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How Art is Being Used to Address Issues in Sudan

By August 27, 2014Media


Will art be able to make change happen in Sudan?  This is the question being faced by artist of various mediums, from filmmakers to cartoonists.  


Hajooj Kuka is a Sudanese filmmaker. In his film Beats of the Antonov, Kuka captures the perspective of those living through civil war in the Blue Nile and Southern Kordofan. It will be shown at the Toronto International Film Festival next month.  What this film tells is the story of those confronted with the challenges that accompany deep conflict, and how this strengthens their connection to their cultural music and identity.  While there have been other films on the Sudanese conflict, this will be the first one done by a Sudanese filmmaker. The film has an insider’s touch to it, made with care that can only come from someone who is so personally invested in the situation and whose identity has been partially shaped by his nation’s disturbing history.  Those filmed saw each cut of it as it went through the editing process.  They had a hand in the final product that audiences throughout the world will see, and their input will surely resonate within the film.


Art VS War was a campaign started by Sudanese artist Ahmed Isam.   Working from Cairo in collaboration with Nabta Art and Culture Center and the National Group for Cultural Policies, Isam began creating engaging posters that compare the money consumed by war to the money put toward the arts by the Sudanese government.  Social media networks are his main vehicle for getting the word out, and his plan is to put out T-shirts, cups and bags with his designs and quotes on them.  His awareness-raising art is reminiscent of the British artist Banksy’s style. His hope is that Art VS War will form a connection between the capital city and the marginalized areas, by creating a dialogue based on social peace.


Focusing on the deep divides between the conflict-riddled areas on the peripheries and the more dominant, rich capital of Sudan, both Kuka and Isam emphasize the importance of the centre’s role in resolving the war.  Without this, they agree the road to recovery will be difficult.  The common wish these two artists share is to show the effects that war and conflict have had on their people and their country.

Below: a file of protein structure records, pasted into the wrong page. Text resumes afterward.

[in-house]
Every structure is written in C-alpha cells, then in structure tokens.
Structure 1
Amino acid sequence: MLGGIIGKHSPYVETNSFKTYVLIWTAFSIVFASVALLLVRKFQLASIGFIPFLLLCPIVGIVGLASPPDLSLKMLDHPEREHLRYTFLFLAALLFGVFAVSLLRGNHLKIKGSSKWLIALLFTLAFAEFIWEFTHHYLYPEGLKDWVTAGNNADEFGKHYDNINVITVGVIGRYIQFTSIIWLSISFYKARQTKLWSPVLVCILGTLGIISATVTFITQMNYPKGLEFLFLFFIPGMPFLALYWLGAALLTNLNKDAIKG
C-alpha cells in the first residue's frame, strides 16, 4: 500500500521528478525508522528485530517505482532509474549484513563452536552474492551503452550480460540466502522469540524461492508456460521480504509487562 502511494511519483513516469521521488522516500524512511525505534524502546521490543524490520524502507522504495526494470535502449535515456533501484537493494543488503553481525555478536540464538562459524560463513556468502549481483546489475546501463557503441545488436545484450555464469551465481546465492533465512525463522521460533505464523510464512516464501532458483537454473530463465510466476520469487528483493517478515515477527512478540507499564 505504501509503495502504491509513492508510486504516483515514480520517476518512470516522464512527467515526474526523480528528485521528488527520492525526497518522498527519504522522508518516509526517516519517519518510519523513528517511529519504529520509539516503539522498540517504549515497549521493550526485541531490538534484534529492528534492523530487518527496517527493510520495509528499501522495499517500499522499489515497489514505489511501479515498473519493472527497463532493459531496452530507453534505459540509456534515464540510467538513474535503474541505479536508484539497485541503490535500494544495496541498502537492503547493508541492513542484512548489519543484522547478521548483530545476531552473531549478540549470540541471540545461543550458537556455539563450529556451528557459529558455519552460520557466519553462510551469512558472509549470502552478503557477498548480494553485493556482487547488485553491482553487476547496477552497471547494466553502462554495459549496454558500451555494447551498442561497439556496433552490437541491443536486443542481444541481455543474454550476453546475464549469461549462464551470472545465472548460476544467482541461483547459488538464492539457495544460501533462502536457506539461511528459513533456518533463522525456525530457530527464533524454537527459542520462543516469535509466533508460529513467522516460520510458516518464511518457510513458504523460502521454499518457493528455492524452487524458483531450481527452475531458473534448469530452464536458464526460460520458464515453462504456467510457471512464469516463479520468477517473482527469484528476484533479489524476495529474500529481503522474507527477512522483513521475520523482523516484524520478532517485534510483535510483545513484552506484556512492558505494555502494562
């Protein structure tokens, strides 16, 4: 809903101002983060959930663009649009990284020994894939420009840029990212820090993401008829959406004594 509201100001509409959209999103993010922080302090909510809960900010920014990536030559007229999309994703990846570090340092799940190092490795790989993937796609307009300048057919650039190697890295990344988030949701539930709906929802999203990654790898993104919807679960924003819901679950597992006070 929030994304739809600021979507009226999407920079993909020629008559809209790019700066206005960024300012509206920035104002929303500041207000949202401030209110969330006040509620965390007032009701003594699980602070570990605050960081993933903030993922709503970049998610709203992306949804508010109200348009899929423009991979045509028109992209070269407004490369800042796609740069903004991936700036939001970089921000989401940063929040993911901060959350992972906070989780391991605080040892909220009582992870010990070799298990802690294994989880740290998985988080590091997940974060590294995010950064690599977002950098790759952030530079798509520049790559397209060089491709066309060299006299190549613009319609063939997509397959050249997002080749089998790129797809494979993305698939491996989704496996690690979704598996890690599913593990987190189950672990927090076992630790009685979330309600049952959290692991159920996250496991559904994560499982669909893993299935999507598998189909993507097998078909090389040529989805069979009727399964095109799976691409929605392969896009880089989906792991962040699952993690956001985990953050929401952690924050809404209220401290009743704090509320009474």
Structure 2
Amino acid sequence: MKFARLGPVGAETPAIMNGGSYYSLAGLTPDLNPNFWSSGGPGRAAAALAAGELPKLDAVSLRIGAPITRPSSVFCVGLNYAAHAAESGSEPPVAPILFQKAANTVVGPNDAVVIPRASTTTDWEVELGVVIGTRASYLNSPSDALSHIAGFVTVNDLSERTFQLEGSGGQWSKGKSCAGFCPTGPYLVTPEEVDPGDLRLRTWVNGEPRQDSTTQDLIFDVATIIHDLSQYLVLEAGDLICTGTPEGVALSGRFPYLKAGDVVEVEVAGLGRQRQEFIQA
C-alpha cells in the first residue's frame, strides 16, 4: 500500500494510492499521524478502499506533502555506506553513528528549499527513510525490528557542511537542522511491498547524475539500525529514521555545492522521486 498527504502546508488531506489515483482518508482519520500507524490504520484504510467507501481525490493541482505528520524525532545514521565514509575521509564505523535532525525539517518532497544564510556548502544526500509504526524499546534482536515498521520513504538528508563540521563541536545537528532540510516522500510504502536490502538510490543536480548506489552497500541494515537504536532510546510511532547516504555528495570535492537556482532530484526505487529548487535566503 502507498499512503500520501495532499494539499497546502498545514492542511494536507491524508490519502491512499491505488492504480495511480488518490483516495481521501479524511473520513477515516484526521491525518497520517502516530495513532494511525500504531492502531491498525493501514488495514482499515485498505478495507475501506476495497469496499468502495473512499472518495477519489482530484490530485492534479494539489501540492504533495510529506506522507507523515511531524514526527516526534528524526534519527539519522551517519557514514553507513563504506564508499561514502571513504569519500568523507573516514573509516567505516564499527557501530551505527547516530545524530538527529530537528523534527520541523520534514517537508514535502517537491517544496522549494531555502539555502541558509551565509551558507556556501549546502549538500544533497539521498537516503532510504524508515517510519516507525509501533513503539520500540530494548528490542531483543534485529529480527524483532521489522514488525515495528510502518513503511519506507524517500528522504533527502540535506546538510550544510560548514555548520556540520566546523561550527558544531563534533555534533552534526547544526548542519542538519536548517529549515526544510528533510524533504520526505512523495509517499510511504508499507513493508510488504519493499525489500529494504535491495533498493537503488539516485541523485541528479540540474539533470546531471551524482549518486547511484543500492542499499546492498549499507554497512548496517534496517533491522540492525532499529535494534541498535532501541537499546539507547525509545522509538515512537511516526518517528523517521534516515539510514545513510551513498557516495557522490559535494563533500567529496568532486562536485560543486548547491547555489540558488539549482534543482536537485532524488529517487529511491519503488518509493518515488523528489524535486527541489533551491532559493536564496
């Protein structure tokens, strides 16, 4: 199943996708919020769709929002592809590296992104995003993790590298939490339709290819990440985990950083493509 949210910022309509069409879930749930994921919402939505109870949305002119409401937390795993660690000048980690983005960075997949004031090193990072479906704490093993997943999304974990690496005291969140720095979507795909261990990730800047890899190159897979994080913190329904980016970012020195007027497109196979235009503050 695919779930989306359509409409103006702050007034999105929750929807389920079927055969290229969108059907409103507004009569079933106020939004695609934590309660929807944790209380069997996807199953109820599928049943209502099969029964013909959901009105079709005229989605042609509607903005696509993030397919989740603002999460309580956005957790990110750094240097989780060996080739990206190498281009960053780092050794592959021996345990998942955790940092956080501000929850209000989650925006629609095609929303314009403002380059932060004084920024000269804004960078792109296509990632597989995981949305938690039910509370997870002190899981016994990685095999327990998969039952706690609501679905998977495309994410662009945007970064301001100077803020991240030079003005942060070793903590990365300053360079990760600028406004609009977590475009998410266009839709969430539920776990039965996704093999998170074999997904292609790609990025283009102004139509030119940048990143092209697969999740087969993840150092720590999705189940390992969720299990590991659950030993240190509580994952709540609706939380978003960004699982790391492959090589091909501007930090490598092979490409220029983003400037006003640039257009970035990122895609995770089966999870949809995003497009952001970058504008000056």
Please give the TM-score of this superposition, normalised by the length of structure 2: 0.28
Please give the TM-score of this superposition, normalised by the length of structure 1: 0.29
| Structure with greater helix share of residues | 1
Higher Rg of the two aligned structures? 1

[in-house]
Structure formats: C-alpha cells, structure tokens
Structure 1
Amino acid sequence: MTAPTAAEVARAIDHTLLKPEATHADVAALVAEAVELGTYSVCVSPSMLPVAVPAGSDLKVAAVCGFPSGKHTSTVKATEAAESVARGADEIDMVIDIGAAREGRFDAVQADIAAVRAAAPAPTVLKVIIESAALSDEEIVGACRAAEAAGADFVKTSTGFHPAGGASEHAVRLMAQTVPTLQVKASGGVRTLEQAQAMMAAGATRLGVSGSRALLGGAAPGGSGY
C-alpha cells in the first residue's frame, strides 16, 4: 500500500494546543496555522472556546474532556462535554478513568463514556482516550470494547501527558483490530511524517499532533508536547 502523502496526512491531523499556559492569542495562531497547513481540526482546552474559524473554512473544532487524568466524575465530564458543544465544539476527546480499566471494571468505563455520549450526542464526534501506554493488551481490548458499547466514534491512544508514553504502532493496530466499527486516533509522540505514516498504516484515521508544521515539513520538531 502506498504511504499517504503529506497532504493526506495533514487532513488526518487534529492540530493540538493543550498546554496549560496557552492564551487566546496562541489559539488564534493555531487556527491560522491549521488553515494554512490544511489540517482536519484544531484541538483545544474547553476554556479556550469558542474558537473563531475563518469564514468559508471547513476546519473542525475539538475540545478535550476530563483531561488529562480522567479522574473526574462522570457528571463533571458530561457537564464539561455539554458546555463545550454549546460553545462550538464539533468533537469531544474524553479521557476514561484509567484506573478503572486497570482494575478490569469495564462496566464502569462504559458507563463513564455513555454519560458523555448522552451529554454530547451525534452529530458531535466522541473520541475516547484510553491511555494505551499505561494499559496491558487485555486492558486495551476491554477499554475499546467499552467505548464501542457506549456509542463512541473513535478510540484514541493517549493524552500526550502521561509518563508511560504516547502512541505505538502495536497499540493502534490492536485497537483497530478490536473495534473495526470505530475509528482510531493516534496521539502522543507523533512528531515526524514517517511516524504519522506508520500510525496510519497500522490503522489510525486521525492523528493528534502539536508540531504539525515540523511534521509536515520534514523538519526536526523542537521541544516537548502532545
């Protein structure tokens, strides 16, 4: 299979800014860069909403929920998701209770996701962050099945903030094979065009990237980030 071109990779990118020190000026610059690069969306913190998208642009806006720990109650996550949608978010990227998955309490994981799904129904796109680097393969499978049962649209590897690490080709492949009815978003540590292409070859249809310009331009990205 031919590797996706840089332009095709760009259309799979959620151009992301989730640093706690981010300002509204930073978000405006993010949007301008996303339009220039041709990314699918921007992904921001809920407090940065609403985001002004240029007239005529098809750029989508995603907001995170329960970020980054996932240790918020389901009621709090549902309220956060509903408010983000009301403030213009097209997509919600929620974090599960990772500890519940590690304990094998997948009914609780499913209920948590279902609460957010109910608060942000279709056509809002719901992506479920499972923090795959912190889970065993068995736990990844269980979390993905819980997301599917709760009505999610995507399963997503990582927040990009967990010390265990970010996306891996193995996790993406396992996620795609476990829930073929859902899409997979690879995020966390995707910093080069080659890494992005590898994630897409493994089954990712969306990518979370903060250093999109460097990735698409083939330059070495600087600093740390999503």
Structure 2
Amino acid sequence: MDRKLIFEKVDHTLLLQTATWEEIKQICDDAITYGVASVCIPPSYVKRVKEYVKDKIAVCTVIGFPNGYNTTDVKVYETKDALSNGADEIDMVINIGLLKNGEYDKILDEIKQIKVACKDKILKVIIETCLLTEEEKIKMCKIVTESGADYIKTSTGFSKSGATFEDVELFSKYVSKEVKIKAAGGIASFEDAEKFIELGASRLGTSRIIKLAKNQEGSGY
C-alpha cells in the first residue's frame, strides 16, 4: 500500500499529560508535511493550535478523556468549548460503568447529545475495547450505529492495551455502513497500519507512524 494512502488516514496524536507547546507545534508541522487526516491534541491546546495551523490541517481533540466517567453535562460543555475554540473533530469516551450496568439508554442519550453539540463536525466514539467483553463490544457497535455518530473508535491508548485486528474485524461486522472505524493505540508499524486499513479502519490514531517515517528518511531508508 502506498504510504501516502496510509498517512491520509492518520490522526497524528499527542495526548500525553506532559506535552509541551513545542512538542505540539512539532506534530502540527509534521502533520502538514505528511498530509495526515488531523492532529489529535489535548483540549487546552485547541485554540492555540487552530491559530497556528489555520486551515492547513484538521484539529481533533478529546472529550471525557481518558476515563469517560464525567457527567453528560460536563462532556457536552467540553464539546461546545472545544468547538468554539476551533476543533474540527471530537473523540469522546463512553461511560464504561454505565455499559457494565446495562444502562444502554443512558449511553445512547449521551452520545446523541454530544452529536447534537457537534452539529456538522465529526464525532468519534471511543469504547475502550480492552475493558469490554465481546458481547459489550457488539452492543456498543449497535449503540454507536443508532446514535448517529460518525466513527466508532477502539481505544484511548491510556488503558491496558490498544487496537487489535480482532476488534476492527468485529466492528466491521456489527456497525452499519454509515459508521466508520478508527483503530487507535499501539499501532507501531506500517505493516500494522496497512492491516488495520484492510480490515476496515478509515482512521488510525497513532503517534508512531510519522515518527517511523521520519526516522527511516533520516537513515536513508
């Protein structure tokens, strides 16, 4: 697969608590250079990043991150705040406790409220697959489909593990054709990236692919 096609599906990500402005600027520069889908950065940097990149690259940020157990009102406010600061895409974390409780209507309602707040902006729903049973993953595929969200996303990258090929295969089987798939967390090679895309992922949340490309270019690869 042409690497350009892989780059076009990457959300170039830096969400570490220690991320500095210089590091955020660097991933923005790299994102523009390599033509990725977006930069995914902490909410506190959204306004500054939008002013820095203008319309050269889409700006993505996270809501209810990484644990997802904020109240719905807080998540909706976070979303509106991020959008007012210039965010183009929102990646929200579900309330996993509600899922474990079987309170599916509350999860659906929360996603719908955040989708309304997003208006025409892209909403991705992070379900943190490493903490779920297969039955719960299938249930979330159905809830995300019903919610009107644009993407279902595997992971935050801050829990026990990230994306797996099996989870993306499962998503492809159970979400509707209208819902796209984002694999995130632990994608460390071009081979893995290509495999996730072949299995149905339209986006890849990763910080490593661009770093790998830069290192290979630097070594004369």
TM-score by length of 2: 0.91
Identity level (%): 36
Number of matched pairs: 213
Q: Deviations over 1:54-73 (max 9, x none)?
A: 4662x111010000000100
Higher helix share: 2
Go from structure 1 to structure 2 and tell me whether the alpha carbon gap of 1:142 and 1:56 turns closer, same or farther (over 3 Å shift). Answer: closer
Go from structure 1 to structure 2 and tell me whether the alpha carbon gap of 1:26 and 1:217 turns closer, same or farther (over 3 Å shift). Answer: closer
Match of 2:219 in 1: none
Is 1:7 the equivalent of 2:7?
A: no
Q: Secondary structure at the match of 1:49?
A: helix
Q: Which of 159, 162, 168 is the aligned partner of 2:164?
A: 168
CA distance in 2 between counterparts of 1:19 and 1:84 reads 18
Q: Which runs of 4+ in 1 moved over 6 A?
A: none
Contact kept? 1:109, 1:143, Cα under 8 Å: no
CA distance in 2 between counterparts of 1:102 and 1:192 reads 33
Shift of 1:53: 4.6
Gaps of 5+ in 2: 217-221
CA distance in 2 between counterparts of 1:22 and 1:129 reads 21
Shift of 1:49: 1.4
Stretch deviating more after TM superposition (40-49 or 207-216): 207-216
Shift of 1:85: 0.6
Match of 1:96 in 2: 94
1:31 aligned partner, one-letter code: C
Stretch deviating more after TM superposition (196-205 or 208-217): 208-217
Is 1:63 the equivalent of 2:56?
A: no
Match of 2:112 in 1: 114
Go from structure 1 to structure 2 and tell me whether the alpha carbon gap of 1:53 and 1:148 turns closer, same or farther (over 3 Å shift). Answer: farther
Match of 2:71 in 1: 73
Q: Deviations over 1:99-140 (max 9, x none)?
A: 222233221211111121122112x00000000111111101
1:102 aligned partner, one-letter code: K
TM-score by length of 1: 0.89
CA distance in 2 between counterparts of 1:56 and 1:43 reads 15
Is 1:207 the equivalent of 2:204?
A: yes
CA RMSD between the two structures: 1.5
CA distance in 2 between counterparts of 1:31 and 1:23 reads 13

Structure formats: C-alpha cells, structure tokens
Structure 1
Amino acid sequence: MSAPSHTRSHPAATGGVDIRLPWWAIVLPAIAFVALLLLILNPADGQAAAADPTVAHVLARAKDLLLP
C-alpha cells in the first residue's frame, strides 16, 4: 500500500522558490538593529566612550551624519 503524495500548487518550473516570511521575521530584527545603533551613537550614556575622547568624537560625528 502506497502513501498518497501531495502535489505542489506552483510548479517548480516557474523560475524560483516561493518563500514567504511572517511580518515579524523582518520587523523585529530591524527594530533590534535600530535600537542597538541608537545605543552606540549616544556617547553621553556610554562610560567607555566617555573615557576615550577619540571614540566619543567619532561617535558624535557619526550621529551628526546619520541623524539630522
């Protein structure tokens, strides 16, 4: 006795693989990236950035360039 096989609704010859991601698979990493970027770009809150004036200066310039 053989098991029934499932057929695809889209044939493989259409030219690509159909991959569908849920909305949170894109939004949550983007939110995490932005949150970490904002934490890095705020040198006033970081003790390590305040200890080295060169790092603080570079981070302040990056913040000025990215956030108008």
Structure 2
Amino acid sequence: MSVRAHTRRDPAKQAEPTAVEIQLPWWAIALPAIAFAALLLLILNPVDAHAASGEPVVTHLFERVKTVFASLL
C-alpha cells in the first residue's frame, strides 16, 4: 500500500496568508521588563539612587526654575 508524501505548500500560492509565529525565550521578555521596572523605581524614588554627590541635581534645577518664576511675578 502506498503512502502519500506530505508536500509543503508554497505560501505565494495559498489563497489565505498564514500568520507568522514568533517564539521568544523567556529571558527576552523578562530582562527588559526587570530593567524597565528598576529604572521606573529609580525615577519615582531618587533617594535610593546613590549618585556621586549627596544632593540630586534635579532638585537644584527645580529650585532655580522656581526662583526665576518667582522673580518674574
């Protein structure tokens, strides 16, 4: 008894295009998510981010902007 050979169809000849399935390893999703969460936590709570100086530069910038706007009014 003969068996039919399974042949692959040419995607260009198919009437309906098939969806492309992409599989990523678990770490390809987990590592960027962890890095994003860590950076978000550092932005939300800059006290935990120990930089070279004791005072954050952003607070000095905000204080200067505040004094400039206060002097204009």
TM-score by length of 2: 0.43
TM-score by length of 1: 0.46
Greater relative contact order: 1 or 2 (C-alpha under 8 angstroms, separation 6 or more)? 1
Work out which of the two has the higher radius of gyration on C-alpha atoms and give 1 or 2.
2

Khalid Albaih is a Romanian born Sudanese who channels his political activism through his cartoons.  All of his creations are found on his Facebook page entitled “Khartoon”, which is a sardonic play on the name of Sudan’s capital, Khartoum.  Through his cartoons, Albaih provides social and political commentary on topical issues most often focusing on what is going on in Sudan at the time. In 2013, some of his work was exhibited at the Edge of Arabia gallery in London. Albaih found the mood around the time of the Arab Spring in 2011 particularly inspiring, and because of this he does not merely express a sense of political critique through his art but also a feeling of hope that could spur people to believe in the possibility for future change.  “It’s a lot of people from difference sects, different religions, different countries talking about the same idea and if I change somebody’s mind with my drawing I think I have done my job.”


One outcome from these artists’ efforts could be simply planting a seed that shows others how to express their personal grief, sadness, shock, and anger at what they have gone through into mediums such as art, instead of channelling it into more violence.  What more could be done?  More outreach to those who have fled Sudan and are now living in diaspora communities in other countries, for starters.  It is important that these individuals connect with each other and then have a way to unite their voices through a variety of creative mediums.  As the saying goes, the whole is greater than the sum of its parts.

-Written by Francisca Stewart



Author WagingPeace

Waging Peace undertakes a range of activities in support of its mission to support Sudanese asylum-seekers, refugees, and the wider community to build meaningful lives in the UK.

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